On Nov. 19 I read a great story by Carmen George in the Fresno Bee of Mr. Manuel Blunt getting his high school diploma after almost 50 years. Mr. Blount dropped out of high school in 1967 to enlist in the Army. Mr. Blount returned from Vietnam, and after some adjustment to society he made an excellent life for himself. I admire him and congratulate him.
However there was one part of the article that I have always wondered about. Here it is:
“There wasn’t any positive recognition for his service when he flew into San Francisco in 1969, returning from an 18-month deployment in Vietnam. Getting off the plane, he was met by a line of protesters who spit in his face and called him a baby killer. A military police officer in the airport told him he might want to take off his uniform and put on civilian clothes so he wouldn’t be harassed.”
When Mr. Blunt enlisted, I was a junior in high school. When he returned in 1969, I was a senior. I simply don’t remember people spitting on soldiers. You and I have memories that we will swear to. I remember some things like they were yesterday, and some things you simply can’t forget. As with memory over 50 years old it can be questioned. So I decided to check the spitting story out. This is what I was able to research.
On Oct. 13, 2017, the New York Times ran a story titled “The Myth of the Spitting Antiwar Protester”. On April 30, 2005, the Boston Globe ran a story by Jerry Lembcke a Vietnam veteran, titled “On debunking a spitting image”. On June 9, 2013, Cracked magazine ran a story by Alex Hanton called “5 Lies About the Vietnam War You Probably Believe”. Finally there is an excellent book by Christian G. Appy, “Working-class war: American combat soldiers and Vietnam.” All questioned the spitting reports.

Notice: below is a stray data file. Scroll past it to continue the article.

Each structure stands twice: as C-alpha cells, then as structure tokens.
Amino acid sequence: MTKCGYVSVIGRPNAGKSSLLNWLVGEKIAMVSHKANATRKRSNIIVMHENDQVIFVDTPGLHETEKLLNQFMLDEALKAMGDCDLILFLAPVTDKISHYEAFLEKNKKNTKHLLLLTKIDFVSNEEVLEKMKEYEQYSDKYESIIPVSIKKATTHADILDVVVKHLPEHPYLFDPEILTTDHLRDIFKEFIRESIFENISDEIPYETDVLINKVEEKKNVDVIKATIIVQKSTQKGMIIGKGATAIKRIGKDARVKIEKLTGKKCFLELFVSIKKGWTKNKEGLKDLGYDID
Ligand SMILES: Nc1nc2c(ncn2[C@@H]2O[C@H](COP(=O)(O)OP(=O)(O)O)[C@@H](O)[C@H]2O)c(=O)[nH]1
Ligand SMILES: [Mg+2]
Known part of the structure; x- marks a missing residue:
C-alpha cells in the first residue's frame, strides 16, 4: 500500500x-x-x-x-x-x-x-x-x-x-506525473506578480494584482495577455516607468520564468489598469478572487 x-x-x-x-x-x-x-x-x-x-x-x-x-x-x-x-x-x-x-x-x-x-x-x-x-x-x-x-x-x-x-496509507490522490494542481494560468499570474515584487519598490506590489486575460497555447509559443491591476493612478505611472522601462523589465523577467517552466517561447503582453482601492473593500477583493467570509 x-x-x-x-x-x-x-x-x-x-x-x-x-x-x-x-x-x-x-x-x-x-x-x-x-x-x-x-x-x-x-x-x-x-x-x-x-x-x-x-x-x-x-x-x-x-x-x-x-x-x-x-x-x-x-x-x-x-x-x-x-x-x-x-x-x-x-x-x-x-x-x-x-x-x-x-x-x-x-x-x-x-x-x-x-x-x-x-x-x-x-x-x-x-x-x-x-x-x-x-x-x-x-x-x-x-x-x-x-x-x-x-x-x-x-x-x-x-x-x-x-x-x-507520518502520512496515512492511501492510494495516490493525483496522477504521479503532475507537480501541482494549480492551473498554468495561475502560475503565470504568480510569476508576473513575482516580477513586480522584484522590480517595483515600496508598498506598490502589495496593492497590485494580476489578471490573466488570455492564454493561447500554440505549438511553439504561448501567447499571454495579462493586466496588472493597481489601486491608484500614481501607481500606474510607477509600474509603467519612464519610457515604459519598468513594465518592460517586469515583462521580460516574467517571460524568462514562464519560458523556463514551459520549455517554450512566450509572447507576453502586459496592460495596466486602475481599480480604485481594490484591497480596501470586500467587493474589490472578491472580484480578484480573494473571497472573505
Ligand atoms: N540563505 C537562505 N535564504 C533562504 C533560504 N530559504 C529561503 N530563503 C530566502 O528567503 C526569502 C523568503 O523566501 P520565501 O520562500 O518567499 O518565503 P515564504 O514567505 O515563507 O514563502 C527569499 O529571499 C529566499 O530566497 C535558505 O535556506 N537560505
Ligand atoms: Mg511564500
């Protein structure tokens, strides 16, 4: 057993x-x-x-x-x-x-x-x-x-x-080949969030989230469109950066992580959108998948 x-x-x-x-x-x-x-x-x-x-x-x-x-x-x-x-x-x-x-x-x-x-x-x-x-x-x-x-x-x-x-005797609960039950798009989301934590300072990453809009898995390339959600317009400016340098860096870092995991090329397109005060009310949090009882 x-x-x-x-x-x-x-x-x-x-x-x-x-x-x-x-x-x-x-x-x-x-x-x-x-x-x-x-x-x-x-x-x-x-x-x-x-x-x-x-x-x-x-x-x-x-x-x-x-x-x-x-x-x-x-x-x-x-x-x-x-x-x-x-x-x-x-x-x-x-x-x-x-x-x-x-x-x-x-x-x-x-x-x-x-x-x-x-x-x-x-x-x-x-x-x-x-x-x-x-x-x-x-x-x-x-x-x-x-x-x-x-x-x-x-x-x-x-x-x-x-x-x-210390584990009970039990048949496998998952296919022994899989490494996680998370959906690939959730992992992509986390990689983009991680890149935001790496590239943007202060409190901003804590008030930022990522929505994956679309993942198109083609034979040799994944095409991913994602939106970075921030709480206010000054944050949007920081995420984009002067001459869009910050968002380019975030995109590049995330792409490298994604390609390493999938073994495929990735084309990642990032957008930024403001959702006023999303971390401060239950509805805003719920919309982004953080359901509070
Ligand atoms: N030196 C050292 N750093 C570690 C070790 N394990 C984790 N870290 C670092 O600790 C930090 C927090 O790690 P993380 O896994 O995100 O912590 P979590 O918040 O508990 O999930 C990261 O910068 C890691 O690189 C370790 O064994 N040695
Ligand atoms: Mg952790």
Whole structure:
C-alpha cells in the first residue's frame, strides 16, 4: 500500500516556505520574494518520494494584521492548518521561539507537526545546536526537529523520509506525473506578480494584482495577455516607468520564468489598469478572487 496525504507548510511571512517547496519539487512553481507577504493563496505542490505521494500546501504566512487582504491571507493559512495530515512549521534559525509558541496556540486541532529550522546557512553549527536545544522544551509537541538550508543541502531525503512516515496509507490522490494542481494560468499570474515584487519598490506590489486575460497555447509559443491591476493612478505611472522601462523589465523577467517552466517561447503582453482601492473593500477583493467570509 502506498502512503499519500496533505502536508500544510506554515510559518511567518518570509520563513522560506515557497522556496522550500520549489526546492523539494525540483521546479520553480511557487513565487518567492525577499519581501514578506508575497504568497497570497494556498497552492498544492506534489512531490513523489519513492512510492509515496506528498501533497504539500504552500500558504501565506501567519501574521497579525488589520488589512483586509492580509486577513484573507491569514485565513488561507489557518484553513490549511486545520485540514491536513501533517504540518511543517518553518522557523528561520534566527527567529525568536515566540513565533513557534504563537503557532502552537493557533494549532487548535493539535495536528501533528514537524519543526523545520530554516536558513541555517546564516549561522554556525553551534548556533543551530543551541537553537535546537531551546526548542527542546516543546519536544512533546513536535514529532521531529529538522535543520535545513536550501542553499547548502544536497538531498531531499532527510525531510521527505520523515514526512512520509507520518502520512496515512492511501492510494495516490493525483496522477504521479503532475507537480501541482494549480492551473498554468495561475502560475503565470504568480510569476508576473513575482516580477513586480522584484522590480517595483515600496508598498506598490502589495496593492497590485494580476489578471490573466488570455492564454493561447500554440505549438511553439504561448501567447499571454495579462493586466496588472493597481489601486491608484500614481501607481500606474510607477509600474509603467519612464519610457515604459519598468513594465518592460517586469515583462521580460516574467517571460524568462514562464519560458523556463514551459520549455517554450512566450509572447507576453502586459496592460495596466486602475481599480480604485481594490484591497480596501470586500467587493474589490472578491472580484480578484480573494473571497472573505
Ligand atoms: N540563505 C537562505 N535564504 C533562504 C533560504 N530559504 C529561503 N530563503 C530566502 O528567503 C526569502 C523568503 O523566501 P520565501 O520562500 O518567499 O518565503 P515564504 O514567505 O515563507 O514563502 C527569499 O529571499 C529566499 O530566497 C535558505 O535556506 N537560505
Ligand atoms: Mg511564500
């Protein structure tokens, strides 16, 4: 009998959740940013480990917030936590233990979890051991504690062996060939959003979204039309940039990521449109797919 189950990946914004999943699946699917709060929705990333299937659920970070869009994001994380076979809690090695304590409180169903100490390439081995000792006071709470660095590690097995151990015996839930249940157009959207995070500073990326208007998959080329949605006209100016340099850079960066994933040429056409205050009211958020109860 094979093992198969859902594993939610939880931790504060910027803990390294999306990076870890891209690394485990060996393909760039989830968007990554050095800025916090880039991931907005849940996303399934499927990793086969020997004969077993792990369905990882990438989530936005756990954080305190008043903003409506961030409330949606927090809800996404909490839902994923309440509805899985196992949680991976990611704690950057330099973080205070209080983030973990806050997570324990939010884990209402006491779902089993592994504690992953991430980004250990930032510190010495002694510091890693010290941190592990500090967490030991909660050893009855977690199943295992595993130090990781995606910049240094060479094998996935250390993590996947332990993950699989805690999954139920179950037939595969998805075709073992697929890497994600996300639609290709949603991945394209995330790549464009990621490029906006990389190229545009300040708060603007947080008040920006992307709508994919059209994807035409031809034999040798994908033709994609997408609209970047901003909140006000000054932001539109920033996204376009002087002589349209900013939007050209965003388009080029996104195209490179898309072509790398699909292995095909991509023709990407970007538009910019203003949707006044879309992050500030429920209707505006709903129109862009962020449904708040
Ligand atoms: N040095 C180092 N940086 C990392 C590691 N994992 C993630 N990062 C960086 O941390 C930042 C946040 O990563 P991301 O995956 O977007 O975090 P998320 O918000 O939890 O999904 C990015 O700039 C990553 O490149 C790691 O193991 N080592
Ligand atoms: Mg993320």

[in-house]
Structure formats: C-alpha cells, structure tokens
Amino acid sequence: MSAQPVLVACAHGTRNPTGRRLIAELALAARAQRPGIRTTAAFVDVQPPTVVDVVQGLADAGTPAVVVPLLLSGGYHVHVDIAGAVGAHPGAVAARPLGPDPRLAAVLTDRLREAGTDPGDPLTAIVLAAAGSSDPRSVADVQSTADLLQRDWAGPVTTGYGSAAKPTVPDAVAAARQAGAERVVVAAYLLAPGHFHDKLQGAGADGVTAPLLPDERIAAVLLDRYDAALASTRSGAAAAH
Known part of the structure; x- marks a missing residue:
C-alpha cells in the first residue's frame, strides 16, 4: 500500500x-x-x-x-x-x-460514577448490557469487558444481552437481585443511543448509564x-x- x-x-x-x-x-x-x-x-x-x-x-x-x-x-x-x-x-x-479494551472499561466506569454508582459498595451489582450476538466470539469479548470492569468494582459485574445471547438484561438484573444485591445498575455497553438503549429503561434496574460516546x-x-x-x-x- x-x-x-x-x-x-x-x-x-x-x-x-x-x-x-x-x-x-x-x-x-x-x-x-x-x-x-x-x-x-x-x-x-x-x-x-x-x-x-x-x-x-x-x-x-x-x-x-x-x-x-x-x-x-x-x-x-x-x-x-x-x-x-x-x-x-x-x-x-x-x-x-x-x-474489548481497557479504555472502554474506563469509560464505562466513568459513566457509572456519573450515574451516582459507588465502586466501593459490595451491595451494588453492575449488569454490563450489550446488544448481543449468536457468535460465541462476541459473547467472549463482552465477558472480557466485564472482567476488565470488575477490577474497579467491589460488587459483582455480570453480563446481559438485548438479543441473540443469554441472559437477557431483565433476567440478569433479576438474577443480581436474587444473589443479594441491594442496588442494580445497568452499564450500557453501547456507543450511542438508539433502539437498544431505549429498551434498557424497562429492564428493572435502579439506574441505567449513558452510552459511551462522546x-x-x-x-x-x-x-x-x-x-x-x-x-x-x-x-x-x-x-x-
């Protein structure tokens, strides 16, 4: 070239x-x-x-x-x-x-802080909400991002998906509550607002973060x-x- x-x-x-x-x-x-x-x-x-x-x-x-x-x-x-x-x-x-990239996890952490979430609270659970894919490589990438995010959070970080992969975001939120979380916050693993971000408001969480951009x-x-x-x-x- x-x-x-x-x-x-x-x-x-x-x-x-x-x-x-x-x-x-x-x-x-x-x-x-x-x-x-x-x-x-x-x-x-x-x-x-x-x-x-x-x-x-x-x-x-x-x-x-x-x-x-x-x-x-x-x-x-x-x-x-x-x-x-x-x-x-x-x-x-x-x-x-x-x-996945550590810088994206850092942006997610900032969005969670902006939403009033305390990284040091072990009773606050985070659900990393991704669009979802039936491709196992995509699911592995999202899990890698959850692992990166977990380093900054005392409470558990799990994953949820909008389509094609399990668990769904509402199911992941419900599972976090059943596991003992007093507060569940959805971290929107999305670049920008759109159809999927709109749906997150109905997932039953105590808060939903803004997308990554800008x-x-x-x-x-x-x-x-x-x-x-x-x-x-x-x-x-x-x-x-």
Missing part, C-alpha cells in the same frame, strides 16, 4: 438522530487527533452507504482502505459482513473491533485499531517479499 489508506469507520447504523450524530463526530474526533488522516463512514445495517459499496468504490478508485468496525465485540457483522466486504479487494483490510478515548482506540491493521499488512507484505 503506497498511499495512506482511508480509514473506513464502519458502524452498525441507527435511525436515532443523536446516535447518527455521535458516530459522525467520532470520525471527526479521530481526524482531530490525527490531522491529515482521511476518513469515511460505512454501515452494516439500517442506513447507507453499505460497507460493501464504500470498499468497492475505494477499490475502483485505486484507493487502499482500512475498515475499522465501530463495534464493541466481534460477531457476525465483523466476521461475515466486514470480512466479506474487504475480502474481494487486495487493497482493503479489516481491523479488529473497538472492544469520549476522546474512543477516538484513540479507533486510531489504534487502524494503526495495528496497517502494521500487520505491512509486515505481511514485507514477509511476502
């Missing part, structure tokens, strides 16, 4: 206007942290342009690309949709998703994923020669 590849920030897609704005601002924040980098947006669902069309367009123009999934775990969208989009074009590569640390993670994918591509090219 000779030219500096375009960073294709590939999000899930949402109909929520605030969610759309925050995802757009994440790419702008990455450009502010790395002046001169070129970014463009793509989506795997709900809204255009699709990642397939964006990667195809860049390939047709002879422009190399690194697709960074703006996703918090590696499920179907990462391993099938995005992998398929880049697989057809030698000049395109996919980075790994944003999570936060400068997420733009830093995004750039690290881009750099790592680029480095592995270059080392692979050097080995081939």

The conclusion of all of these articles and books is that it may have happened but the story was usually someone was told it by a friend of a friend or a cousin of a friend or so on and so forth. If there were incidents on a large scale it never became large enough to be reported by the media. Plus you cannot prove something did not happen.
This fits into my memory, and if spitting on soldiers was common, my father, a WWII veteran and conservative Republican, would have lost it, which he never did. In fact, when President Nixon failed to honor his secret pledge to end the Vietnam war, my father no longer supported the war.
From the archives I have searched, it appears that the first story of returning soldiers getting spit on comes from the 1982 movie “Rambo: First Blood,” the first installment of the series. John Rambo, played by Sylvester Stallone, gives a speech about getting spat upon.
Rambo says: “It wasn’t my war. You asked me, I didn’t ask you. And I did what I had to do to win. But somebody wouldn’t let us win. Then I come back to the world and I see all those maggots at the airport. Protesting me. Spitting. Calling me baby killer. ... Who are they to protest me? Huh? “
I think we can stop here. The point is simple. If you read enough you find out that the problems of the Vietnam Era and all war veterans is that in many respects, if spitting happened, it was the least of their problems; drugs, alcohol, isolation from society, Agent Orange and the like claimed many more lives and careers than spitting did.
Advent starts tomorrow. As we enter the season of charity and good will, perhaps instead of concentrating on the past and things we can’t overcome we should concentrate on the present. Here is a list of armed forces charities that can use your help and their ratings:
- Army Emergency Relief Fund (A+)
- Air Force Aid Society (A+)
- Navy-Marine Corps Relief Society (A+)
- Intrepid Fallen Heroes Fund (A+)
- Fisher House Foundation (A+)
Have a great week and remember to contribute to the charity of your choice this holiday season.